There Are 7 Must-See Historic Landmarks Right Here In Greater Cleveland
Cleveland is known to locals as The Best Location in the Nation… But, unfortunately, most travelers would not consider our city to be among the best historical destinations in the nation. Compared to many settlements in the U.S., Cleveland is rather young. Despite its relative youth, the city is actually overflowing with historic landmarks. Many, you’ll find, hint at a hidden or forgotten history. Are you ready to check out some of the best historic landmarks in Cleveland? Get your adventurer’s cap on, because these fascinating spots will inspire your own inner swashbuckler.
1. Fort Huntington Park
Fort Huntington Park, Cleveland, OH 44114, USA
It may not look like much at first glance, but
Fort Huntington Park
is one of the most fascinating historical places in Cleveland. Hiding at the intersection of West 3rd and West Lakeside, this park celebrates the general location of Fort Huntington, which protected locals and even entertained a president during the War of 1812. Admiral Oliver Hazard Perry, the hero of Lake Erie, even stopped here before fighting the Battle of Lake Erie.
2. Great Lakes Brewing Company
2516 Market Ave, Cleveland, OH 44113, USA
How would you like a tasty locally-brewed beer served with a side of history? Great Lakes has a charming microbrewery in the historic 1872 Market Tavern building that has plenty of both. One of their best conversation pieces is the
collection of bullet holes
(including one with an eye-catching and cartoony
flag stuck in it) adorning their 1901 wooden bar like a masterfully-placed design. Rumor has it that these bullet holes are attributed to Eliot Ness himself. Cheers to local history! Try the Commodore Perry IPA during your visit, especially if you visit Fort Huntington Park beforehand.
3. Lake View Cemetery
Lake View Cemetery, 12316 Euclid Ave, Cleveland, OH 44106, USA
Lake View Cemetery is one of the most peaceful places in all of Cleveland. It's a
historic garden-style cemetery
that was founded in 1869, and its grounds are truly a work of art. In addition to serving as a final resting place for some of Cleveland's most iconic and infamous residents (including the aforementioned Eliot Ness), the cemetery is something of an art garden. Fascinating works populate the local landscape, from lion and angel statues to a stone jukebox. Plus, watching the landscape change throughout the seasons is a true treat.
4. The birthplace of rock 'n roll
629 Euclid Ave, Cleveland, OH 44114, USA
That stone jukebox we just mentioned in Lake View Cemetery is the headstone of DJ Alan Freed, the Cleveland disc jockey that gave rock 'n roll its everlasting name. He first uttered the iconic phrase at the Guardian Building in 1951 when the space served as the office for local radio station WJW-AM. Though it is now one of the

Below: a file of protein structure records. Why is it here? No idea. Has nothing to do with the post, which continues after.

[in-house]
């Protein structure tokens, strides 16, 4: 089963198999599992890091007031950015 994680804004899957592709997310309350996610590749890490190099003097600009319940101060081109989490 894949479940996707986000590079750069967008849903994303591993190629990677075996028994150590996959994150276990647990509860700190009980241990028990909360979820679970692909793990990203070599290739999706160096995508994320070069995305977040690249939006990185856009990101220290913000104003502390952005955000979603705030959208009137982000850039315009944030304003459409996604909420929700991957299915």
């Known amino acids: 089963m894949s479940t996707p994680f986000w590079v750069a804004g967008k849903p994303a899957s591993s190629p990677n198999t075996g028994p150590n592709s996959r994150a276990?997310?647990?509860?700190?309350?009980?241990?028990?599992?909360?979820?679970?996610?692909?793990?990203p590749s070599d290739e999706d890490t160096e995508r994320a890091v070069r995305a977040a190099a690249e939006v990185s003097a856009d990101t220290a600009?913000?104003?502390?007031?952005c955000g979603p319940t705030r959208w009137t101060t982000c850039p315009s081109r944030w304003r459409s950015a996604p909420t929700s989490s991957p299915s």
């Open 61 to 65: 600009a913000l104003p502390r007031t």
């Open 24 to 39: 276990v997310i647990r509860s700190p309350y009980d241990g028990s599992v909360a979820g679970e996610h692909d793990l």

seven wonders of Cleveland's music world
, the Guardian Building has a forgotten history of its own. It was built in 1895, and at the time, its 221-foot-tall facade was among the tallest in North America. It was added to the National Register of Historic Places in 2000, but many locals still are unaware of the history witnessed by this silent observer. If only walls could talk!
5. The Old Arcade
The Arcade, 401 Euclid Ave, Cleveland, OH 44115, USA
The 1890s were a boppin' time in Cleveland. In May of 1890, the
opened its doors and delighted locals. By many accounts, this was one of the first shopping malls in the United States. Its design was inspired by the Galleria Vittorio Emanuele II in Milan. Its construction was financed by some of Cleveland's largest industrialists and philanthropists, many of whom have influence that can be spotted elsewhere in Cleveland.
6. Rockefeller Park
Speaking of Cleveland industrialists, there are few who left quite as much of a mark on the local landscape as John D. Rockefeller. In addition to financing the construction of the Arcade, Rockefeller also donated a long chain of land to the City of Cleveland. Today, Rockefeller Park is home to a
and the coveted
Cleveland Cultural Gardens
. Many of the Cultural Gardens are circa one century in age, but new ones are added almost every year, as well.
7. St. John's Episcopal Church
St. John's Episcopal Church, 2600, Church Ave W 26th St, Cleveland, OH 44113, USA
This beauty is the
oldest church in Cleveland
, completed in 1838. Like many sites in Cleveland, it, too, has ties to Cleveland's industrial past. One of its most famous attendees was Marcus Hanna, an industrialist and politician that helped fund the Arcade's construction. There's a rich and fascinating history at this site, coupled with impressive historic architecture that stands as some of the oldest and most eye-catching in the whole city.
These incredible destinations are among the best historic landmarks in Cleveland. Are there any others you might add to our list? We’d love to hear your thoughts in the comments!
Want to explore more historic sites? Check out some surprising places on the
National Register of Historic Places for more rich Cleveland history.
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